24 Sep 2009

The World has Lost a Champion in the Fight Against Hunger

Dr. Norman E. Borlaug—the only agricultural scientist ever to receive the Nobel Peace Prize—died Saturday September 12, at 95.

In 1944 Dr. Borlaug moved to Mexico and had his first contact with the poverty and food scarcity characteristic of the developing world. With support from the Mexican Government and the Rockefeller Foundation, Dr. Borlaug started a breeding program to introduce resistance to wheat rust that successfully produced disease resistance varieties a dozen years later. In the process of developing these varieties, Dr. Borlaug introduced two key elements: first, he resorted to Japanese dwarf genotypes to reduce the height and make wheat tolerant to lodging and more efficient in the allocation of photosynthates; and second, he started the use of two breeding cycles per year by commuting between the Central Highlands of Mexico in the summer and the irrigated Yaqui Valley in the Northwestern State of Sonora in the winter.

By 1956 Mexico was self-sufficient in wheat production as results of successful breeding, the use of fertilizer, and irrigation. These results cemented his conviction on the soundness of scientific research developed in a practical context with farmers that was going to guide his quest against hunger for the rest of his life.

After 1964 his work was multiplied by the creation of the Centro Internacional de Mejoramiento de Maiz y Trigo – the International Maize and Wheat Improvement Center (CIMMYT) located outside Mexico City, where he trained hundreds of young agricultural scientists, and extended his leadership in breeding. Facing the imminent threat of starvation in India and Pakistan, Dr. Borlaug convinced the leaders of those bitterly divided countries to adopt his revolutionary approach to agriculture, showing the close connection between food security and peace. In an incredibly short time Pakistan and India multiplied fourfold their crop yields, becoming self-sufficient—after being food deficit countries for a long time—and in the process hundreds of millions of lives were saved.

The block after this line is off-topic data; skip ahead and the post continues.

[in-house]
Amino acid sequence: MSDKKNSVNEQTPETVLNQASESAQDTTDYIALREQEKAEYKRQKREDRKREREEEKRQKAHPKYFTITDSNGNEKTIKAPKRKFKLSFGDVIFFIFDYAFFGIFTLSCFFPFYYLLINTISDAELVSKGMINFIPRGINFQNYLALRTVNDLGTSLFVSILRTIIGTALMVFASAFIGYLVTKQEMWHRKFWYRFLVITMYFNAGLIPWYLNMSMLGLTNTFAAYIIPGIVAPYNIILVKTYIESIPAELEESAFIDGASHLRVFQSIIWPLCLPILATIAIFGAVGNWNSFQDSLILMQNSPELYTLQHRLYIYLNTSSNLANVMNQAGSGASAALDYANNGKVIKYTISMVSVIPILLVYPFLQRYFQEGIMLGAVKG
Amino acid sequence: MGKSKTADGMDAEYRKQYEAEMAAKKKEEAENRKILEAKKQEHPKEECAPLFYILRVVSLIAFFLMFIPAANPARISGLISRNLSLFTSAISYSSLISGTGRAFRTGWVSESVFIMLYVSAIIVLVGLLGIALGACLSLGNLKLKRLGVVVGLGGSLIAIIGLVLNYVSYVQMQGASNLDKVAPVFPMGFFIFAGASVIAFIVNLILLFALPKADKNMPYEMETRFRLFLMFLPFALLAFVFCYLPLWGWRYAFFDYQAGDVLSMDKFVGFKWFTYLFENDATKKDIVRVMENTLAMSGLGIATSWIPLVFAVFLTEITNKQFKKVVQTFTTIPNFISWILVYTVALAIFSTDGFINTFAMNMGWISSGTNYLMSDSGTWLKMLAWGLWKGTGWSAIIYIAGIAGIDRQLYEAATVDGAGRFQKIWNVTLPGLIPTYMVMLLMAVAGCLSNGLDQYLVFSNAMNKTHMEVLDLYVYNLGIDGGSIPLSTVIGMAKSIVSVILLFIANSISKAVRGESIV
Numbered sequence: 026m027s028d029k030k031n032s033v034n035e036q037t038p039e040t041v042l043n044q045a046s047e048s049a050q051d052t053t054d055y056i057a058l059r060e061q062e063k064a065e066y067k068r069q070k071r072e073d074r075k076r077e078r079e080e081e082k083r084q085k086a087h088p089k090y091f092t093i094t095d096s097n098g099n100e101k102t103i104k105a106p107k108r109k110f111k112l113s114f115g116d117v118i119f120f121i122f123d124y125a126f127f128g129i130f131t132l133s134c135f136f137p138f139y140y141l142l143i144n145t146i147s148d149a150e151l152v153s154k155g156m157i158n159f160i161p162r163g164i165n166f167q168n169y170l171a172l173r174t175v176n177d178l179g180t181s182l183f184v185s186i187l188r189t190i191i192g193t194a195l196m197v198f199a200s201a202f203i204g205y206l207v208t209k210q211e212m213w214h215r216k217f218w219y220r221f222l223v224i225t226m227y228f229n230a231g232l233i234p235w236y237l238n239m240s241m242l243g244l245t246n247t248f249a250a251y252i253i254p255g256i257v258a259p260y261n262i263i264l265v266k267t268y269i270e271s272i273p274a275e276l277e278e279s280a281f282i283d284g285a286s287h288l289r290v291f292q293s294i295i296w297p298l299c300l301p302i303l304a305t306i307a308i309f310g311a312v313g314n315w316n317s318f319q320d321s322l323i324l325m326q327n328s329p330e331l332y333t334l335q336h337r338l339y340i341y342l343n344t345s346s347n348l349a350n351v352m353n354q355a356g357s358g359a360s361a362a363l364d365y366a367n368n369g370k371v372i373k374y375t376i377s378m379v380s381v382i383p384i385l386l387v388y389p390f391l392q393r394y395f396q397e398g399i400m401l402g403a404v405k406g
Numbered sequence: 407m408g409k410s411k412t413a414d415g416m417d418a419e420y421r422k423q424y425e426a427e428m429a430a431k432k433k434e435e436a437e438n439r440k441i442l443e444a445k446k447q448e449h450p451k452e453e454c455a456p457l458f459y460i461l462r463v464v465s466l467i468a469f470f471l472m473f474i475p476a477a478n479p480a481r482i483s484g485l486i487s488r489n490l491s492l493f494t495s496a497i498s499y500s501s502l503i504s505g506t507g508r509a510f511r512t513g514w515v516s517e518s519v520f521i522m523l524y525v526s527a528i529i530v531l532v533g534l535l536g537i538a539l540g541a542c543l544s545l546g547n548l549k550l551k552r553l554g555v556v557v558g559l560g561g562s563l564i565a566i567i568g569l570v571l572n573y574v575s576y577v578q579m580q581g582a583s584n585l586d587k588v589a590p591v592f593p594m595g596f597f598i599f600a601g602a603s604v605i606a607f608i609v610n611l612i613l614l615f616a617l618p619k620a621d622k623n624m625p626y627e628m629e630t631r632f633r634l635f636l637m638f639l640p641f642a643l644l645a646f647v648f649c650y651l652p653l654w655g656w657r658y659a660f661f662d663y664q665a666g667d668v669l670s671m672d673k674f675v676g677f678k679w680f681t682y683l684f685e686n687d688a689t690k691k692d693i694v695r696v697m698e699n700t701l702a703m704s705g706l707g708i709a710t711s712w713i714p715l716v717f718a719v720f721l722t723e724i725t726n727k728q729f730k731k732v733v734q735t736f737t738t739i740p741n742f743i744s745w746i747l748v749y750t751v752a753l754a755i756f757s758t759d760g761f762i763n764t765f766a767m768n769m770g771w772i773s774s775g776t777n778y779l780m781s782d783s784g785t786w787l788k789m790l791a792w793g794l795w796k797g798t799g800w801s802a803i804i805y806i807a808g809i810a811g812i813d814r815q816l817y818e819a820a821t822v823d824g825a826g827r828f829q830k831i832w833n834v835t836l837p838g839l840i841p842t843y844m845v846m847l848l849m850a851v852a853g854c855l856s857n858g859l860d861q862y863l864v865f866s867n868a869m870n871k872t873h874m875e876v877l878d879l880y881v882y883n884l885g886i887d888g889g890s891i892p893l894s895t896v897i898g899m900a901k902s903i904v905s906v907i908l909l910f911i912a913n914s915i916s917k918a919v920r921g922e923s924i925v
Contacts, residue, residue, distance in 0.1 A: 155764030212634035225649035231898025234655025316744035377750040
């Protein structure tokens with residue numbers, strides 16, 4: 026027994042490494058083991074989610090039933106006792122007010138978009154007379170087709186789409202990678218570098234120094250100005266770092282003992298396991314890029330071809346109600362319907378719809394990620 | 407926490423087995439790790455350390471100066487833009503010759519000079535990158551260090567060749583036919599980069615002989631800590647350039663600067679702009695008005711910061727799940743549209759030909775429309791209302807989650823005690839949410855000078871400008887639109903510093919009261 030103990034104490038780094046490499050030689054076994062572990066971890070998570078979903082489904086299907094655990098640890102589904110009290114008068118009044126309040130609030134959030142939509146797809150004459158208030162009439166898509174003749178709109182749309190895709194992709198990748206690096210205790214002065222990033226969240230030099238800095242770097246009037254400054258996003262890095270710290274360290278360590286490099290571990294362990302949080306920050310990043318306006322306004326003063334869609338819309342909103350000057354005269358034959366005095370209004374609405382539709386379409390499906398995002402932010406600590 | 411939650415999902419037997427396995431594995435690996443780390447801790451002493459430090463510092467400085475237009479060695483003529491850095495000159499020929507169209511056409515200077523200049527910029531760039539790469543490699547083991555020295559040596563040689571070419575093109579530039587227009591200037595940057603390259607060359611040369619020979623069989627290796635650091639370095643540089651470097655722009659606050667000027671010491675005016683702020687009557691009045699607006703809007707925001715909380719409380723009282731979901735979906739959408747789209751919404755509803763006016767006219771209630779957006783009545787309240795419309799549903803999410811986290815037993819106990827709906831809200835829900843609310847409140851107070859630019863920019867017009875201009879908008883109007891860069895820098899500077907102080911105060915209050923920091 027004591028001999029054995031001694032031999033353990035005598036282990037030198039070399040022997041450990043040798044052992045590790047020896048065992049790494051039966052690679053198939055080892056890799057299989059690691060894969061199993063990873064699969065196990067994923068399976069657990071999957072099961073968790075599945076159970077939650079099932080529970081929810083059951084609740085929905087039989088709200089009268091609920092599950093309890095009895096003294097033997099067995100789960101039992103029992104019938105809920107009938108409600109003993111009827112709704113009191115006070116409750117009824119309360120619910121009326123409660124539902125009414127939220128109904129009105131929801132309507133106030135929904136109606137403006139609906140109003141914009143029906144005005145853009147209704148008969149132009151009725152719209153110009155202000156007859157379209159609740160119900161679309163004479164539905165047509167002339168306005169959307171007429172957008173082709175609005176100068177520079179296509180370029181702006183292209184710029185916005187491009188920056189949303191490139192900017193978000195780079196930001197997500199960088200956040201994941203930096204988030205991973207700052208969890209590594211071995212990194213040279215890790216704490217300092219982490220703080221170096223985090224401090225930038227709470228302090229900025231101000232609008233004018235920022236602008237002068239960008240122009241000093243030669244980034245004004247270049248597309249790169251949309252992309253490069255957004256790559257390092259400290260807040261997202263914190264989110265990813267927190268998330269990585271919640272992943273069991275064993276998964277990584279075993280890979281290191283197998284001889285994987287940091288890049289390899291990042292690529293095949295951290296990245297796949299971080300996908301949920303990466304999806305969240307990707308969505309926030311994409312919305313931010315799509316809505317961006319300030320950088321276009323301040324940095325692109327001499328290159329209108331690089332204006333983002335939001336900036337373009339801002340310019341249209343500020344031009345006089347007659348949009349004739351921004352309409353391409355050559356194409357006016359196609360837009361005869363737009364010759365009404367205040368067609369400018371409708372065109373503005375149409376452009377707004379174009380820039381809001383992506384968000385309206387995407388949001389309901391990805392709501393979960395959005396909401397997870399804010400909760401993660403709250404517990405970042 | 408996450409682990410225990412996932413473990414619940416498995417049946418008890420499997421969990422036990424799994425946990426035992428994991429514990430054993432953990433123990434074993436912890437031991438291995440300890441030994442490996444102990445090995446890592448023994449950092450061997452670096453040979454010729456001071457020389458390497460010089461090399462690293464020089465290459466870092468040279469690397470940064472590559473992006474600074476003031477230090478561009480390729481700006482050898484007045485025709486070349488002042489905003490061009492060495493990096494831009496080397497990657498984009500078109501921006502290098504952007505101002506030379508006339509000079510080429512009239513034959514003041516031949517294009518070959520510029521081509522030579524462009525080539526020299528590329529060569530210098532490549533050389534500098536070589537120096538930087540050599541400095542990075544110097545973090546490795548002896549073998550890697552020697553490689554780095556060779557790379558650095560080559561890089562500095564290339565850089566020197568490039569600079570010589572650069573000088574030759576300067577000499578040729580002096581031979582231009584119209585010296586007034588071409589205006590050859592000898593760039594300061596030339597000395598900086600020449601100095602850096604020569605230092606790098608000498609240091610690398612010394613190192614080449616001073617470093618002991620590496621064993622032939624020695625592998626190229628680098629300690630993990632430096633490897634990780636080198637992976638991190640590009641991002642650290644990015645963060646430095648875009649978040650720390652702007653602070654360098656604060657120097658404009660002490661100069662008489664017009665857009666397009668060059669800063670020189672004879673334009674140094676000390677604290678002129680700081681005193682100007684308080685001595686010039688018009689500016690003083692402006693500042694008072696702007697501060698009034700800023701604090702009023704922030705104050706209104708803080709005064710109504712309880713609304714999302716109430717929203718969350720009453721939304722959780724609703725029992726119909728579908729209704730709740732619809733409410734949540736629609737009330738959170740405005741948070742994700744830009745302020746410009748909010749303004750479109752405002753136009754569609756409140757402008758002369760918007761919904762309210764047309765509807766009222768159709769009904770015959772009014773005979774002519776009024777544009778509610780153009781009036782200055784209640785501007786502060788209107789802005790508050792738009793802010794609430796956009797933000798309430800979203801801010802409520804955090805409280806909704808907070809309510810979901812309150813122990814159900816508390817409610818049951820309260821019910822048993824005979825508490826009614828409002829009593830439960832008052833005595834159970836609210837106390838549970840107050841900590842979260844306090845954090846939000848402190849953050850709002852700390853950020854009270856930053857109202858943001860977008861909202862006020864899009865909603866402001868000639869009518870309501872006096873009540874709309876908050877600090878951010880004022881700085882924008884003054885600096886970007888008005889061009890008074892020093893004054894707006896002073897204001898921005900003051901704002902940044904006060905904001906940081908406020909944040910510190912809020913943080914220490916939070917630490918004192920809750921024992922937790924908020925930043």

Dr. Borlaug’s successful approach in wheat was quickly replicated in rice and other crops, and resulted in the avoidance of widespread death from famine and starvation as well as from armed conflict in much of the developing world. However, successes and awards never stopped Dr. Borlaug. He was well aware that the struggle against hunger requires a full-time dedication, and throughout his life he multiplied several initiatives to improve the lives of everyone, especially the neediest ones. Among those we can highlight the Sasakawa Global 2000 Program, which has sponsored the production of Quality Protein Maize to counter malnutrition in sub-Saharan Africa, and the establishment of the World Food Prize to distinguish those who have made highly significant contributions to improving the quality and quantity of food.

The best way of remembering Dr. Borlaug is to follow his example of persevering in using good science, in bold and creative manners, despite all the adversities that we might encounter in our quest for more and better food for the world. We need to avoid complacent attitudes because the challenge is always there, and advances gained at great cost can be quickly lost. Dr. Borlaug once said: “I personally cannot live comfortably in the midst of abject hunger and poverty and human misery.” There is work to be done when people are going to sleep each night with hunger.